Dermatologist in Greece
DERMATOLOGIST in ATHENS
Dermatologist in Athens Dr Apostolos Karalexis was first trained at the University of Thessaloniki and completed his studies in Athens in Military Medicine. He then trained at the “Andreas Syngros” Hospital in the Dermatology – Venereology Department. After serving for two years at the Athens Naval Hospital he started his post-graduate training in Dermatologic Surgery initially in Greece at ¨Syggros¨ Hospital. In addition he trained in the USA at Tulane University, New Orleans, Louisiana especially in Dermatology and Dermatologic surgery.
DERMATOLOGIC SURGEON in ATHENS DR. KARALEXIS
As a dermatologic sergeon in Athens he currently holds the position of Director of the Dermatology Clinic at the Naval Hospital. Furthermore he is actively taking part in conferences in Greece and abroad as a speaker and lecturer.
Why should you trust Dermatologist Dr. Karalexis?
He has more than 20 years of experience in the field of Dermatology. All kinds of dermatological diseases such as psoriasis, lichen, eczema, warts, cutaneous lupus, acne, fungal infections, etc. are treated and cured, as well as venereal diseases such as warts, urethritis etc. while due to the specialization in hair diseases, cases such as hair loss, alopecia, etc.
Finally, he has great experience in the diagnosis and removal of tumors and skin moles.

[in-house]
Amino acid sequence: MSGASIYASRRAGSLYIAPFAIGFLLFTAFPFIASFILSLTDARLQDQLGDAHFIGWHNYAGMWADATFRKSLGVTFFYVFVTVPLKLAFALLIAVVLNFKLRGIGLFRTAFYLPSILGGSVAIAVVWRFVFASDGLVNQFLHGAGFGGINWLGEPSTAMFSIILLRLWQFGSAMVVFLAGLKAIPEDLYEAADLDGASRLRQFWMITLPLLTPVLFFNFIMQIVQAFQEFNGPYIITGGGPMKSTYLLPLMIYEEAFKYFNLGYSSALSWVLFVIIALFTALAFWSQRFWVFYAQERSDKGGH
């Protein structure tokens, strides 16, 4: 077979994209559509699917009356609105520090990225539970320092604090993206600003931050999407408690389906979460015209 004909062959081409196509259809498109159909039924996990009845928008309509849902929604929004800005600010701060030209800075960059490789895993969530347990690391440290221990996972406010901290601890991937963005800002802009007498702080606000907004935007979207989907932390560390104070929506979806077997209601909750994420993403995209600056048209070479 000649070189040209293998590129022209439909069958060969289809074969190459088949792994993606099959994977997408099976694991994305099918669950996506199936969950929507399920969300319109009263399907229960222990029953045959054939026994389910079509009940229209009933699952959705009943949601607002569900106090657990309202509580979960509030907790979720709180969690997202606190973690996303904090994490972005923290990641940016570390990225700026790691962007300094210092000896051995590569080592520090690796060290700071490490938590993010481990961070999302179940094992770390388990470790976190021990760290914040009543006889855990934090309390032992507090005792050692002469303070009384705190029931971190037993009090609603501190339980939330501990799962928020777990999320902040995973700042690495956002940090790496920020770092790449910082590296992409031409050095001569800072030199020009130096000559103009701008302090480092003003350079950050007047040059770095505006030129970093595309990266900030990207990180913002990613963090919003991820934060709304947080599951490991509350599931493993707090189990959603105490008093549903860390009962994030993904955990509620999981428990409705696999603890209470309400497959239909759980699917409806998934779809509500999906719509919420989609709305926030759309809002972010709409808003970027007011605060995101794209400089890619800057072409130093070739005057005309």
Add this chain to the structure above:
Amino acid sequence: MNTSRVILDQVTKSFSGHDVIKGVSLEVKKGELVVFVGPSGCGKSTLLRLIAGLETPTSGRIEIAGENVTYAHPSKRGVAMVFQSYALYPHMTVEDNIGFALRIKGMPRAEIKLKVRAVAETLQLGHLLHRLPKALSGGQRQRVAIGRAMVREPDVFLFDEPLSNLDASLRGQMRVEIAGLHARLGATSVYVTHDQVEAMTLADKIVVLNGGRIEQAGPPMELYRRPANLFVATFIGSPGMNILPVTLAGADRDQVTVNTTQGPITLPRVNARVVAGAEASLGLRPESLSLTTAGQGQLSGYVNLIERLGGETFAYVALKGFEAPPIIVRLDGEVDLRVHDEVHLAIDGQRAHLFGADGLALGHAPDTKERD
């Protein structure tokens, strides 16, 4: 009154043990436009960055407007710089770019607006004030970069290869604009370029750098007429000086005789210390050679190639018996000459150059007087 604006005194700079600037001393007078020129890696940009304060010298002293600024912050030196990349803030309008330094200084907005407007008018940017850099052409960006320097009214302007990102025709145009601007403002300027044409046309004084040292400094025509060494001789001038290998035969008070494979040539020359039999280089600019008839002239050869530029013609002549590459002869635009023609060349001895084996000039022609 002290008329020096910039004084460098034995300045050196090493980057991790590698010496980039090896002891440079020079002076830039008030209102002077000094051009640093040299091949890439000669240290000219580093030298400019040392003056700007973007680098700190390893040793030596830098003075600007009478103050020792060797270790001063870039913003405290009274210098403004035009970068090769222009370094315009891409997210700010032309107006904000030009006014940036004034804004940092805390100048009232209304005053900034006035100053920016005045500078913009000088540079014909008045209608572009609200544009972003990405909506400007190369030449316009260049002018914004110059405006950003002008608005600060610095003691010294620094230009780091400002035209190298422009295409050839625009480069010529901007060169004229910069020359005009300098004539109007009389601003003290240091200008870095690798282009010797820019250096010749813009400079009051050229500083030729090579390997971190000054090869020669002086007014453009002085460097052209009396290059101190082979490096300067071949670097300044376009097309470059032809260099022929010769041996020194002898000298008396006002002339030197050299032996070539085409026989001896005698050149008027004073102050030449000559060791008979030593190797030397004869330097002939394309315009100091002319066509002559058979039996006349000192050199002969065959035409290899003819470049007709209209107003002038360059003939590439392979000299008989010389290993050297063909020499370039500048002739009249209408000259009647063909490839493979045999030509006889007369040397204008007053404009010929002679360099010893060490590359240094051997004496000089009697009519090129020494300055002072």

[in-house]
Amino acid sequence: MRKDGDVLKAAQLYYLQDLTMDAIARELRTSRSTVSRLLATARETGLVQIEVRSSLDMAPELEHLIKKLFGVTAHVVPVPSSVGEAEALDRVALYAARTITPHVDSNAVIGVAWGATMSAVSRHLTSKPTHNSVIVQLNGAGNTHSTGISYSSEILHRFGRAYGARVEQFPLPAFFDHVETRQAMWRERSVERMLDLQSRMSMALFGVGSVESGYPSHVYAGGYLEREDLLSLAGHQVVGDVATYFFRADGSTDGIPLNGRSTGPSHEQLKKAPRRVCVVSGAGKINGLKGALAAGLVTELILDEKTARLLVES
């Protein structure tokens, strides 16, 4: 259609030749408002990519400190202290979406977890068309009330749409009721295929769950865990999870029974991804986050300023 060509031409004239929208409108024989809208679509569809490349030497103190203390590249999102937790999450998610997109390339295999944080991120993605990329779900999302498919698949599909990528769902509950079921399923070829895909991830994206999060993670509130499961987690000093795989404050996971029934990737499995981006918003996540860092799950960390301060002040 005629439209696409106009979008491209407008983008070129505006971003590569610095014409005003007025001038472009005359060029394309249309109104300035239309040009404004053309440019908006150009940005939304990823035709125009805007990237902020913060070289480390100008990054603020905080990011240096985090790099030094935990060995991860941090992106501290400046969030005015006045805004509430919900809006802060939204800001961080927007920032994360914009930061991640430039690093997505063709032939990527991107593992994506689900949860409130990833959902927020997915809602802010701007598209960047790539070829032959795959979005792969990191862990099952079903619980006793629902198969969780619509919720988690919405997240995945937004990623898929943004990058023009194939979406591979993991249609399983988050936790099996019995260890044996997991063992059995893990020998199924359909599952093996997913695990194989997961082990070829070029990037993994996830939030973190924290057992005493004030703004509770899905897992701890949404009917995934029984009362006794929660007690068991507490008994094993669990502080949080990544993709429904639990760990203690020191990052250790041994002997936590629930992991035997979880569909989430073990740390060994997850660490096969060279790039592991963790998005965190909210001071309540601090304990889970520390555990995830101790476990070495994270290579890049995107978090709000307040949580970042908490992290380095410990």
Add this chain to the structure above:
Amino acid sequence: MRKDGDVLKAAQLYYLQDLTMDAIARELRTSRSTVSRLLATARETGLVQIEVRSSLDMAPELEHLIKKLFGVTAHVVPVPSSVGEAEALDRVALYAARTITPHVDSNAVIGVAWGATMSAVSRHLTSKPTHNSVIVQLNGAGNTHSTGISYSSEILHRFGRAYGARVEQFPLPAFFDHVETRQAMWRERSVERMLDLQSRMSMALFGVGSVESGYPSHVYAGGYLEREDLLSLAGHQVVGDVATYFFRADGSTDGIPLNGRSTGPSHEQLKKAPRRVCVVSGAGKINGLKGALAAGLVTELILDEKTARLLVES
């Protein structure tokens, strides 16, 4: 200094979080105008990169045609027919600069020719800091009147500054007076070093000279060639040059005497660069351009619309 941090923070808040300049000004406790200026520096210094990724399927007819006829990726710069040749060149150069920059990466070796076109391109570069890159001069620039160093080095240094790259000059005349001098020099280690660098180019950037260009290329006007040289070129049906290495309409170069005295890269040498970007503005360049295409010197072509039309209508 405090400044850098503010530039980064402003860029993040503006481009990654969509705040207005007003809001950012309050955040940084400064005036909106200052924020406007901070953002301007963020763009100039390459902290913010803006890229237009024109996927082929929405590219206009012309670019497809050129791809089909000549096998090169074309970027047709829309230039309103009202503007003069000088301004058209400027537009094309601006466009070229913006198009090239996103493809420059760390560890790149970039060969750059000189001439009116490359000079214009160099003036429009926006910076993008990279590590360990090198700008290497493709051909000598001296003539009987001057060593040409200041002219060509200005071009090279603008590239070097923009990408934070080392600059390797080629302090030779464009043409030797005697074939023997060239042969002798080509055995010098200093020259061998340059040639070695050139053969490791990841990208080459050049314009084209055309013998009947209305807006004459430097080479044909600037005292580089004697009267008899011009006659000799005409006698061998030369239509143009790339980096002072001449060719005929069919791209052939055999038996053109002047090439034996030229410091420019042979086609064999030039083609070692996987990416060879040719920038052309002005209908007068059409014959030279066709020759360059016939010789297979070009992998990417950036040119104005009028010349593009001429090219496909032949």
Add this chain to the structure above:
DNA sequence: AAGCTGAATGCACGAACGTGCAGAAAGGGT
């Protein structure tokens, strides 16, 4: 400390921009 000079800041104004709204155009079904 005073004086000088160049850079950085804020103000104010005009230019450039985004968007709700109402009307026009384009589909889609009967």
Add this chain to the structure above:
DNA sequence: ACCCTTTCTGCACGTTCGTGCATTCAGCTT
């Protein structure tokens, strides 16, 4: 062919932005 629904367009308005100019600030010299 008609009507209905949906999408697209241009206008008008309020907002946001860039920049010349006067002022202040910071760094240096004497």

Within a very large, modern and contemporary clinic and equipped with the latest equipment and Lasers, all kinds of therapies are undertaken at reasonable prices. Mostly we provide always the best human approach and respect to the patient’s psychology.
What is the modern dermatology?
Modern dermatology uses laser techniques and methods almost revolutionary. Let’s have a look at the evolution of dermatology. Over the past few decades, the deeper knowledge of the pathogenesis of many dermatological diseases has led to the development of new therapies such as biological agents in psoriasis, resulting in a “revolution” in their therapeutic approach and management. The evolution of technology has led to the discovery of Lasers to achieve a more youthful and desirable appearance. The contemporary dermatologist is a multidimensional scientist who should combine classical knowledge with modern technology.
Nearly undetectable: The main benefit of follicular unit micrografting is that the final results are nearly undetectable as transplants. The relocated hair follicles grow new hairs just as they had done in their previous location, and with expert placement of the grafts, the new hairs grow out in a natural way.
The individual small grafts can be placed in a way that mimics natural hair growth more easily than would be possible using old style full-size grafts alone. Many people who would in the past not be considered good candidates for full size grafts because the area requiring coverage is too large to be adequately covered with the limited amount of donor follicles available, are good candidates for follicular unit micrografting. With expert placement of the grafts, micrografting allows the look of more coverage, with less donor hairs.